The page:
The Equation of Time
Today, 13 June, is one of only four days in the year when the time as read on a sundial will be exactly correct.
Sundials usually tell the time using the shadow of the gnomon as cast by the Sun. This is possible as the Sun appears to move across the sky at an approximately constant speed, and so the shadow of the gnomon also moves at an approximately constant speed. The inconstancy of the Sun’s apparent motion in the sky – and therefore of the gnomon’s shadow on a sundial – is the subject of this article, and is calculated using the Equation of Time.
If you look at the shadow of a sundial’s gnomon it will fall onto a curve of numbers, along hour lines indicating local solar time. This is not equal to the official clock time until three important corrections are made:
1. Correct for daylight saving time. “The Sun reaches it highest point due south at noon” is only true in the UK between the last Sunday in October and the last Saturday in March, when the UK operates on Greenwich Mean Time (GMT). For the rest of the year we use British Summer Time, or BST, which is GMT+1. Therefore if you’re using a sundial in the UK during BST you will need to add one hour one to the sundial time to correct for this.
2. Correct for longitude (the G in GMT). In the UK our time is based on the time in Greenwich, London, hence the G in GMT. At noon in Greenwich the Sun will be due south at 12 noon GMT. At locations east of Greenwich (Norwich, Ipswich, Cambridge) the Sun will have reached its highest point due south earlier than 12 noon, and for locations west of Greenwich (which is most of the UK) the Sun will reach its highest point due south later than 12 noon. Given that most sundials are fixed in location this correction can be built into the sundial itself (i.e. the hour lines can be moved through an angle equal to the difference between the sundial’s longitude and the meridian that mean solar time is calculated).
3. Correct for the average (“mean”) position of the Sun (the M in GMT). If the Earth orbited the Sun in a perfectly circular orbit, and if its axis of rotation was perfectly perpendicular to the plane of its orbit, then the Sun would always be in the same point of the sky at noon each day. The fact that the Earth’s orbit is not a perfect circle, and the Earth’s axis is titled, means that the position of the noon Sun varies over the year.
The Earth orbits the Sun in an elliptical path, meaning that at some times of the year it is further from the Sun than at other times. Crucially though, this also means that the Earth orbits the Sun at different speeds depending on where it is in its orbit. At its closest approach to the Sun (called perihelion) in early January the Earth is moving fastest in its orbit, and at its furthest from the Sun (called aphelion) in early July it is moving slowest. The Earth’s orbit isn’t drastically elliptical (it is almost circular) and so the differences are not great, but at perihelion we’re moving at 30.3 km/s and at aphelion we’re moving at 29.3 km/s (a 3.4% difference).
This means that if we view the Sun in the sky it will appear to move against the background stars at different speeds depending on where in its orbit the Earth is. At perihelion, in early January, the Sun speeds up by 7.9 seconds per day from the average, or mean; at aphelion is slows down by 7.9 seconds per day. These few seconds per day accumulate over the year, and mean that the amount by which the Sun might deviate from being at due south at noon, due solely to the effects of our elliptical orbit, varies from zero (early Jan and early July) up to 7m 40s (early April, when it is negative, and early October, when it is positive). It can be drawn as a sine wave with an amplitude of 7m40s and a period of 1 year.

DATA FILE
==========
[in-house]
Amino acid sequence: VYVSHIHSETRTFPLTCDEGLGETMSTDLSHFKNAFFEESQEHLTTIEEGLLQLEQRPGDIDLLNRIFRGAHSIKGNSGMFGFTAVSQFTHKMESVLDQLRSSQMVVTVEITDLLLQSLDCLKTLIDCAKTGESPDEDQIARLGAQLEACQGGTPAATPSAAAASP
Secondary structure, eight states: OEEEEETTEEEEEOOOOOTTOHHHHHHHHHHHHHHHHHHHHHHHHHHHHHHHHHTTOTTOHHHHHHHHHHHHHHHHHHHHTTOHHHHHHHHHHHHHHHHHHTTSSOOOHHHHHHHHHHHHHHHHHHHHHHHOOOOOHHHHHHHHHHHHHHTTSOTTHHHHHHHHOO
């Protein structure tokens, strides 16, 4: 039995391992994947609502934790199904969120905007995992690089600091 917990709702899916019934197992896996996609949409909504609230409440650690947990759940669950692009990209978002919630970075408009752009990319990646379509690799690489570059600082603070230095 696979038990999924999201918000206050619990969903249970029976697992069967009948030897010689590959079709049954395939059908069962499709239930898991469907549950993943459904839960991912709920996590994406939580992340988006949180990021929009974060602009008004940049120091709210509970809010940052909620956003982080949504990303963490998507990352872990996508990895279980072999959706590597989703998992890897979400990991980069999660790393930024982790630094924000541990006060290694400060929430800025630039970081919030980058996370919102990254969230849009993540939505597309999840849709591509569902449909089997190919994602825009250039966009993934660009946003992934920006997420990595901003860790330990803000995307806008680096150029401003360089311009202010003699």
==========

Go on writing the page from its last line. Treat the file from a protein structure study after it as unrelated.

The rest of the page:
There is a second factor that affects the speed at which the Sun appears to move in the sky: the tilt of the Earth’ s axis with respect to the plane of the Earth’s orbit. This means that the Sun is sometimes north of the celestial equator (the projection of the Earth’s equator out into space) and sometimes south of it. Clock time is measured along the celestial equator; in effect an imaginary Sun is drawn on this line and time calculated from that. The speed of this imaginary Sun varies over the year, and reaches a maximum at the solstices, when the major component of the real Sun’s motion due to the Earth’s orbit is parallel to the celestial equator, and reaches a minimum at the equinoxes when the major component of the real Sun’s motion due to the Earth’s orbit is mainly perpendicular to the celestial equator. At the solstices (late June and late December) the Sun appears to speed up by 20.3 seconds every day, and at the equinoxes (late March and late September) it appears to slow down by the same amount. These few seconds per day accumulate over the year, and mean that the amount by which the Sun might deviate from being at due south at noon, due solely to the effects of our axial tilt, varies from zero (solstices and equinoxes) up to 9m 52s (early February and early August, when it is negative, and early May and November when it is positive). It can be drawn as a sine wave with an amplitude of 9m52s and a period of 0.5 years.
The Equation of Time
Adding these two effects together gives you the Equation of Time, that is the amount by which you need to adjust the time as read on a sundial in order for it to read the correct clock time. Or in other words the amount of time by which the Sun is off being due south at noon.
The maximum amount of time that a sundial is ever ahead of clock time occurs on 03 November, when the sundial will read 16m25s fast. The maximum amount of time that a sundial is ever behind clock time occurs on 11 February, when the sundial is 14m15s slow.
There are four dates each year when the Equation of Time is zero, and the sundial reads correct clock time, and those dates are 15 April, 1 September, 25 December, and today 13 June.